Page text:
Ok ok maybe that one was a bit complex but it could be much simpler: in Iceland this leading thought was “empty wild large space”, in Roma it was “contrast between imperialism in the city and modern Italians”. Call it!
In other words don’t shoot like crazy to fill your memory card in hope there would be something to tell afterwards, but tell something with your photos instead! It s like writing a poem: you know what you want to express and you need to choose the right words!
It probably is the most difficult part for a beginner. Engage your subject. It is about finding the right balance between being intrusive and getting Closer with a Cartier-Bresson big “C”.
When I shoot my street style fotografie series for Glanzvoll magazine in Trier, I stop someone I really like, tell them I find them very charming/trendy, emphasise the effort they have done to look great this day and ask them for the permission to take a photo.
90% of the answers are positive! Unbelievable huh? Who would have thought?!? Is it this surprising? Not…
After all they later get a good picture of themselves via mail, receive tons of compliments often regarded as a positive feedback In times where street style is regarded as a creative/artistic act. What else would you wish for when you didn’t expect anything?
Now apply this one to everything. The people you meet do not want their photo to be taken? Move on, find someone else. They do not want you to take picture of this or that? Explain yourself, negotiate, clarify your intentions and if they still refuse, move on. No big deal! Sometimes this negotiating process go through body and eye languages only, especially if you do not speak the local language, trust me you’ll find a way!
Don’t miss this part of the game! Sometimes a bit of stress will make your heart skip a beat when engaging the people but it very very normal.
Last tip from Martin Parr himself: ask people not to smile, they look much better when they don’t have to fake anything!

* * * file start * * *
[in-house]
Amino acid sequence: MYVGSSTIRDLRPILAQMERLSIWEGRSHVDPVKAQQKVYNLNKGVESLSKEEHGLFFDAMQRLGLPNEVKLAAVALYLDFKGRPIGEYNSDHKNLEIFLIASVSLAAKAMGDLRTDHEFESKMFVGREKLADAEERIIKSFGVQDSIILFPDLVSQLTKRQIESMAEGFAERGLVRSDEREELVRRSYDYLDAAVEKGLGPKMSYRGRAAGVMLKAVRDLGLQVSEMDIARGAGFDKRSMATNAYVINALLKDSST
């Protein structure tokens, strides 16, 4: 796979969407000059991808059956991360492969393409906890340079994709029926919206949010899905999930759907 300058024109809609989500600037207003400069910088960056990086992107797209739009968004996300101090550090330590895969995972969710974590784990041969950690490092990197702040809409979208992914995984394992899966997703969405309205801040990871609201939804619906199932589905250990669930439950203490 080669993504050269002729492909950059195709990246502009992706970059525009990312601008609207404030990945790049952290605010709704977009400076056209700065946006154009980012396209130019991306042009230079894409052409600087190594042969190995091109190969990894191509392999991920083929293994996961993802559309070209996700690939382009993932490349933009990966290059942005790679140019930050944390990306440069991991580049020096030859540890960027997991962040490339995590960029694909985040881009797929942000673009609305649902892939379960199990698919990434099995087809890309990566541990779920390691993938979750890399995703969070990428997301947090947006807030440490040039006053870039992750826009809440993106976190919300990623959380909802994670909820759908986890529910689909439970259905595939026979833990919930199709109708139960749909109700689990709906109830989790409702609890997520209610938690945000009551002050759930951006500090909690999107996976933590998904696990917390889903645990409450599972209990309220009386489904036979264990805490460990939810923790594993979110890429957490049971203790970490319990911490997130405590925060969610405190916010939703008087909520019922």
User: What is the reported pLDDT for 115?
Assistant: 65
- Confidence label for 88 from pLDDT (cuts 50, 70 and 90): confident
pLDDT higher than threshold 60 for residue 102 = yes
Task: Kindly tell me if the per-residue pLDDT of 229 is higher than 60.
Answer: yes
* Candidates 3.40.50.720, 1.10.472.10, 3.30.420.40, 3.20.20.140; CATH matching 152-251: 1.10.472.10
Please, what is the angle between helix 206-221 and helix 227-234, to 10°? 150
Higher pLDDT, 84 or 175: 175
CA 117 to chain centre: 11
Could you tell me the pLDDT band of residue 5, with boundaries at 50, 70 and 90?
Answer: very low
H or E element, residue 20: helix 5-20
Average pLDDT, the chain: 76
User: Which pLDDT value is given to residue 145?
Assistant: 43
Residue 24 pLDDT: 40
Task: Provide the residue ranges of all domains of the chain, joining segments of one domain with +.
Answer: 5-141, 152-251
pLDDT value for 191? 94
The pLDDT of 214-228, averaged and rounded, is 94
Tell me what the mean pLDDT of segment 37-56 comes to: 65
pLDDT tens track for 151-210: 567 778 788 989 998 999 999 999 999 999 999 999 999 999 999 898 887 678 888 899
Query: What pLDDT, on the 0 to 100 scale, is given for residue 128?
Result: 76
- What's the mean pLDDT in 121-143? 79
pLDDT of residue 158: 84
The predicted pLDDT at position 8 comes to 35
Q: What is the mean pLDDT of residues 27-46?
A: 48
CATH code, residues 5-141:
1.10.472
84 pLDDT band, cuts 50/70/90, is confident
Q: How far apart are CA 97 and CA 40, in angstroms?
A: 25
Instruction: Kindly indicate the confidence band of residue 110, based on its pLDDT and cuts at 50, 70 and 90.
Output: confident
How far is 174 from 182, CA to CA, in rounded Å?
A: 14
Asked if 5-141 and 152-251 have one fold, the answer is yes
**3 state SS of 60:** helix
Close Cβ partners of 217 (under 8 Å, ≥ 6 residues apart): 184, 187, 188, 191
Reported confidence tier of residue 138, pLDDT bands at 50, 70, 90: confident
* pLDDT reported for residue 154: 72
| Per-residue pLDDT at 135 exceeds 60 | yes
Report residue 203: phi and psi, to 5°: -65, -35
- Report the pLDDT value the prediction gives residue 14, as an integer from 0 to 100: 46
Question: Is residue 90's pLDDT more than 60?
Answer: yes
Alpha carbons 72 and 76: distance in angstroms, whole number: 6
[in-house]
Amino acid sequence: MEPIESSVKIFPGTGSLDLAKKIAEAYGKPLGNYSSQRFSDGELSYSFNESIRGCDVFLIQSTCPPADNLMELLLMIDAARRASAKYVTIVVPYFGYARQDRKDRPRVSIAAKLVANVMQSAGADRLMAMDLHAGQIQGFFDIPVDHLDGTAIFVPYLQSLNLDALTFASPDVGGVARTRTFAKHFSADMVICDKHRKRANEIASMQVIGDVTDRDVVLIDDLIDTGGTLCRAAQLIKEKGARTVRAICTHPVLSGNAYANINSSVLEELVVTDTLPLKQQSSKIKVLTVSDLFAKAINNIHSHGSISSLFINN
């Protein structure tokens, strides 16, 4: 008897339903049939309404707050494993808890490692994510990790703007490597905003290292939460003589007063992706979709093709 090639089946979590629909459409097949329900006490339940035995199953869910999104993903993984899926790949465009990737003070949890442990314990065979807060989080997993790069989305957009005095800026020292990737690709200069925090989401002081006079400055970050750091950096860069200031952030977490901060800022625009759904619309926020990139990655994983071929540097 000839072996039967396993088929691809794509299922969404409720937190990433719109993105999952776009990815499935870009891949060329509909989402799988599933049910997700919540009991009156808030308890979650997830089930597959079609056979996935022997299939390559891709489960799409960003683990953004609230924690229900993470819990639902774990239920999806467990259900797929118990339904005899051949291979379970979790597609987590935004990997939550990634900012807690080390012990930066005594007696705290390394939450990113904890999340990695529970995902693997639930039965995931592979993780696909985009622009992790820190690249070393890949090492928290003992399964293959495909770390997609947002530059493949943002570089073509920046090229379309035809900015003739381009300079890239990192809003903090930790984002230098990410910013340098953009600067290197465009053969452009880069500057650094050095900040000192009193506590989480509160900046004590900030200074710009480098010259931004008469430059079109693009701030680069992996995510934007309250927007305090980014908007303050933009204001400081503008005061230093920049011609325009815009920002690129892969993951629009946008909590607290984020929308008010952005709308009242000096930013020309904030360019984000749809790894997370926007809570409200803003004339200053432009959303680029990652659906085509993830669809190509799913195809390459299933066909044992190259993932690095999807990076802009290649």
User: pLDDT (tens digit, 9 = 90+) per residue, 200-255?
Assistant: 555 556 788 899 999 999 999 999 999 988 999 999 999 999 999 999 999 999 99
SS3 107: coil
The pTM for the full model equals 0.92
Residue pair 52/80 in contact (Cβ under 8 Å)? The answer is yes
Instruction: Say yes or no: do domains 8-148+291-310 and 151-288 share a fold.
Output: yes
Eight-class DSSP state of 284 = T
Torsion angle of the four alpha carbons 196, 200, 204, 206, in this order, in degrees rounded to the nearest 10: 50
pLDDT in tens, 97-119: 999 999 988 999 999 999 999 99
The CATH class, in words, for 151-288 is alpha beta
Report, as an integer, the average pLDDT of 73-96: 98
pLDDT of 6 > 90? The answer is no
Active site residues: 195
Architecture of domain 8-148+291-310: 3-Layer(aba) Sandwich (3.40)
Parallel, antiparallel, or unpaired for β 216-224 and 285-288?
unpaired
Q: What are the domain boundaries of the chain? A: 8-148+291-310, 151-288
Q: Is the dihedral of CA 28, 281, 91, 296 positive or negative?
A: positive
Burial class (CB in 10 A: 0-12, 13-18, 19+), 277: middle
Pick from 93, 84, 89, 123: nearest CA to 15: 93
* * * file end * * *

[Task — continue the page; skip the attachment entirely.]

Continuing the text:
4. Be ready to shoot
Prepare some space on your memory card, take a universal lens if you have the chance to possess more than one, review your ISO and other settings, TAKE OFF THE CAMERA CAP (no joke). And be ready to shoot because sometimes you only have a second! This second will make the difference between a WOW shot and a hahahuh shot. It s about positions of everything you record in the frame. Get ready? Shoot!
5. A right shot is not what you think it is.
Right shots are often mistaken with crisp, focused perfectly exposed and framed photos. With time and a little experience in using your developing software, you will learn to seize the opportunity to use noise, out of range exposures or movement blur for creative purposes that will eventually serve your narratives. Sometimes in a much more expressive manner than this HDR shot of the bay that clearly has nothing to do with reality anyway. Think of those hype analog photos of everything and everywhere that flood the internet.
They use the optical and chemical particularities of a film to carry a vintage feeling, emphasize authenticity (should not be taken as an absolute observation), often faked through Instagram filters! Use all this creatively. Motion blur indicates movement, not all unsharp photographs look terrible, noise can make a shot look rough… Experiment!
Now give me some feedback if you wish, try some of those next time you go on holiday or simply anytime you want to explore something new with your camera. Many great photographers apply some of those principles when exploring the relationship between the individuals within families, to document the life in industrial neighbourhoods… There are endless possibilities!
I hope all this will be helpful and don’t hesitate to contact me if you have any question!